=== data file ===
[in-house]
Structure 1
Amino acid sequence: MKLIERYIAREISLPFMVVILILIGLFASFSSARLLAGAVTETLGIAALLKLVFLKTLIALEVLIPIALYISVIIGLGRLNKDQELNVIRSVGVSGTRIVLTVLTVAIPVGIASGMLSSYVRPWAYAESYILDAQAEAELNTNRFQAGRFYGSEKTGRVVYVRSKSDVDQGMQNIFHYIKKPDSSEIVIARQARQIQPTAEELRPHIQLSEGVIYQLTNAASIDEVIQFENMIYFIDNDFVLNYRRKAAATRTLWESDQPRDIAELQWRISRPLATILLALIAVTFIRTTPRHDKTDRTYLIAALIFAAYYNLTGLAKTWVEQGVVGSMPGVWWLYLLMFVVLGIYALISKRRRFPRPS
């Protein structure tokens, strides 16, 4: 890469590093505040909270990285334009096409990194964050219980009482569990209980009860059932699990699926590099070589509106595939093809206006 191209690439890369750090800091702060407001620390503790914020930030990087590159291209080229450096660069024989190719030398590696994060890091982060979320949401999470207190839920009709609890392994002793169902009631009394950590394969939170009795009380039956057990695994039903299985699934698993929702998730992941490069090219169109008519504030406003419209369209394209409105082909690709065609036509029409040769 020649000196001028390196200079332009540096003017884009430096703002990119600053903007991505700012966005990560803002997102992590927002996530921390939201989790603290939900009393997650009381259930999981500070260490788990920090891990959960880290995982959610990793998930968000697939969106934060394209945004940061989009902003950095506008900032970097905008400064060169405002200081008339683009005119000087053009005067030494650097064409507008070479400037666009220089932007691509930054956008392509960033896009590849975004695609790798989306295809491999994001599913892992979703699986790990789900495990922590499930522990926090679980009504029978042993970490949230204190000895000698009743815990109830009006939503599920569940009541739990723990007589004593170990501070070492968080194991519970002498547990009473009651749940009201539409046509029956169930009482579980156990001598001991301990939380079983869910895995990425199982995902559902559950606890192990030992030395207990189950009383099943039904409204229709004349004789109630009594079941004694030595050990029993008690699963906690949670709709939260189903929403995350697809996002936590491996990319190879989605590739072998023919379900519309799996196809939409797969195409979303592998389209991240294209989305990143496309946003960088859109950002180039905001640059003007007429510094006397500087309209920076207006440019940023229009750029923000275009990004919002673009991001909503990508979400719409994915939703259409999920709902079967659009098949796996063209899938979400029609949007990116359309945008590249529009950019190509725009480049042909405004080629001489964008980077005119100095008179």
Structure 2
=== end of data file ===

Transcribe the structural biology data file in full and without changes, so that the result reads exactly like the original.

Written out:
[in-house]
Structure 1
Amino acid sequence: MKLIERYIAREISLPFMVVILILIGLFASFSSARLLAGAVTETLGIAALLKLVFLKTLIALEVLIPIALYISVIIGLGRLNKDQELNVIRSVGVSGTRIVLTVLTVAIPVGIASGMLSSYVRPWAYAESYILDAQAEAELNTNRFQAGRFYGSEKTGRVVYVRSKSDVDQGMQNIFHYIKKPDSSEIVIARQARQIQPTAEELRPHIQLSEGVIYQLTNAASIDEVIQFENMIYFIDNDFVLNYRRKAAATRTLWESDQPRDIAELQWRISRPLATILLALIAVTFIRTTPRHDKTDRTYLIAALIFAAYYNLTGLAKTWVEQGVVGSMPGVWWLYLLMFVVLGIYALISKRRRFPRPS
């Protein structure tokens, strides 16, 4: 890469590093505040909270990285334009096409990194964050219980009482569990209980009860059932699990699926590099070589509106595939093809206006 191209690439890369750090800091702060407001620390503790914020930030990087590159291209080229450096660069024989190719030398590696994060890091982060979320949401999470207190839920009709609890392994002793169902009631009394950590394969939170009795009380039956057990695994039903299985699934698993929702998730992941490069090219169109008519504030406003419209369209394209409105082909690709065609036509029409040769 020649000196001028390196200079332009540096003017884009430096703002990119600053903007991505700012966005990560803002997102992590927002996530921390939201989790603290939900009393997650009381259930999981500070260490788990920090891990959960880290995982959610990793998930968000697939969106934060394209945004940061989009902003950095506008900032970097905008400064060169405002200081008339683009005119000087053009005067030494650097064409507008070479400037666009220089932007691509930054956008392509960033896009590849975004695609790798989306295809491999994001599913892992979703699986790990789900495990922590499930522990926090679980009504029978042993970490949230204190000895000698009743815990109830009006939503599920569940009541739990723990007589004593170990501070070492968080194991519970002498547990009473009651749940009201539409046509029956169930009482579980156990001598001991301990939380079983869910895995990425199982995902559902559950606890192990030992030395207990189950009383099943039904409204229709004349004789109630009594079941004694030595050990029993008690699963906690949670709709939260189903929403995350697809996002936590491996990319190879989605590739072998023919379900519309799996196809939409797969195409979303592998389209991240294209989305990143496309946003960088859109950002180039905001640059003007007429510094006397500087309209920076207006440019940023229009750029923000275009990004919002673009991001909503990508979400719409994915939703259409999920709902079967659009098949796996063209899938979400029609949007990116359309945008590249529009950019190509725009480049042909405004080629001489964008980077005119100095008179």
Structure 2